I find rubber beans a bit chewy :-)

    • Bluebird
      Posted May 6, 2014 at 3:13 pm | Permalink

      I think you are both technically correct re KBs, especially since the 70s when we started making chill con carne. But when I was growing up, climbing runner beans were called kidney beans. Is it regional?

      Nowadays we bean lovers have a wide choice. I’m currently germinating broad beans, climbing French beans, dwarf beans which have a black pod (visible), and scarlet runners. To be honest, I prefer the young pod to the actual seed.

      • Kath
        Posted May 6, 2014 at 3:58 pm | Permalink

        Don’t know if it’s regional – I’ve only ever known them as runner beans.
        We also grow climbing French beans (still in pots in the greenhouse – too early to put them out) but not broad beans – too prone to black fly which then take over everything else.
        I’m sometimes a bit mystified by greengrocers saying “green beans” . . .

        • Bluebird
          Posted May 6, 2014 at 6:20 pm | Permalink

          Ah, yes…green beans, the generic term to distinguish them from baked beans!!

      • Merusa
        Posted May 6, 2014 at 4:19 pm | Permalink

        Lovely broad beans, how I miss them. We can only get Lima beans here, though you can get dried broad (aka fava) beans at the Lebanese store.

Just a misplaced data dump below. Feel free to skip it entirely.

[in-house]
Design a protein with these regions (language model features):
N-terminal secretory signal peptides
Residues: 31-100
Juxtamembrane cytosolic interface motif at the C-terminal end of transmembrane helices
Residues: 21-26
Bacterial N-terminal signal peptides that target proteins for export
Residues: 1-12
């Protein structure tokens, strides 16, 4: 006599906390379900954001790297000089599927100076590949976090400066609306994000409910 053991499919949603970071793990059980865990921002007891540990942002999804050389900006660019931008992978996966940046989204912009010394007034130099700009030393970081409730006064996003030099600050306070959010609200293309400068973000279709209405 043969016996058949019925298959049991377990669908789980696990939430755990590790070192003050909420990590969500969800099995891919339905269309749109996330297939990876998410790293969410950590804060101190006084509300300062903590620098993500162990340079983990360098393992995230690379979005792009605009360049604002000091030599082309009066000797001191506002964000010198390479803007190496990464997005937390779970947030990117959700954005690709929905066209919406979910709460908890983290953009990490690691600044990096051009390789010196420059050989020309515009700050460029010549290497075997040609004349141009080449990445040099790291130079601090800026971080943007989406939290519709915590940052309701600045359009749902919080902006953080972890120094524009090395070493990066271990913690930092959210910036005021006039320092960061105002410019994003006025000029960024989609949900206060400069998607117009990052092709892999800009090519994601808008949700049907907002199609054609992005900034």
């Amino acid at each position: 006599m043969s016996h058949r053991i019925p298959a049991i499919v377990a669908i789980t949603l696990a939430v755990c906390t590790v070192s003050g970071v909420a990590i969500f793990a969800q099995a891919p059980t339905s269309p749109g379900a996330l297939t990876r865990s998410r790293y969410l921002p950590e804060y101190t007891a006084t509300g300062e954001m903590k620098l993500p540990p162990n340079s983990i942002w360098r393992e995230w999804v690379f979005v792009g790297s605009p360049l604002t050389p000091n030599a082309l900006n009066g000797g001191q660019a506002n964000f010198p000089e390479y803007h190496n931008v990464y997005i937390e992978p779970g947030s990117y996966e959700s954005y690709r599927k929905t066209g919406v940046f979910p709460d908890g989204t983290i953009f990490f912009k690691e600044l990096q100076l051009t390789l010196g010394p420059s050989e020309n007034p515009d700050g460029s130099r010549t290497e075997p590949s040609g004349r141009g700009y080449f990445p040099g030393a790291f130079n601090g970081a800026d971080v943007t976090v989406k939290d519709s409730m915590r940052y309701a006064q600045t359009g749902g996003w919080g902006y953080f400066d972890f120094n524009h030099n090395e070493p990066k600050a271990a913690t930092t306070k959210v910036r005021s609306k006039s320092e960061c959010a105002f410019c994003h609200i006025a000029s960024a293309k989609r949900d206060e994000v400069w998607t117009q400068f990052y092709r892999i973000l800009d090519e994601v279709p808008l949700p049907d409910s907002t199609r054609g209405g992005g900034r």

• Expat Chris
          Posted May 6, 2014 at 7:24 pm | Permalink

          I love them, too and can’t get fresh ones. If you have an Italian deli near you, see if they carry Cento brand fava beans (they are packed in glass jars) or ask if they can stock them. They’re very good.

        • Kath
          Posted May 6, 2014 at 10:22 pm | Permalink

          Hi Merusa and Expat Chris – we love broad beans too although we don’t grow them. We live about a two minute walk across the field and through a wood from a great PYO farm and they have lots – I’d rather concentrate on growing salad stuff and other things that really need to be picked just before you want to eat them.

          • Expat Chris
            Posted May 6, 2014 at 11:06 pm | Permalink

            Several beloved veggies of my youth that I can’t get here or with our Maryland climate are impossible to grow. Along with broad beans, I really miss purple sprouting and I would kill for Jersey new potatoes. But on the plus side I do have access to super fresh local sweet corn in season…amazing grilled in the husk.

            • Merusa
              Posted May 6, 2014 at 11:31 pm | Permalink

              What are purple sprouting? As for Jersey new potatoes, yum-yum. Yes, we get fresh corn as well.

            • Expat Chris
              Posted May 6, 2014 at 11:59 pm | Permalink

              Google purple sprouting broccoli. We ate the whole thing, florets and leaves. Delicious.

  14. Kath
    Posted May 6, 2014 at 2:28 pm | Permalink

    I think I’ll go for 2* difficulty and 3* for enjoyment.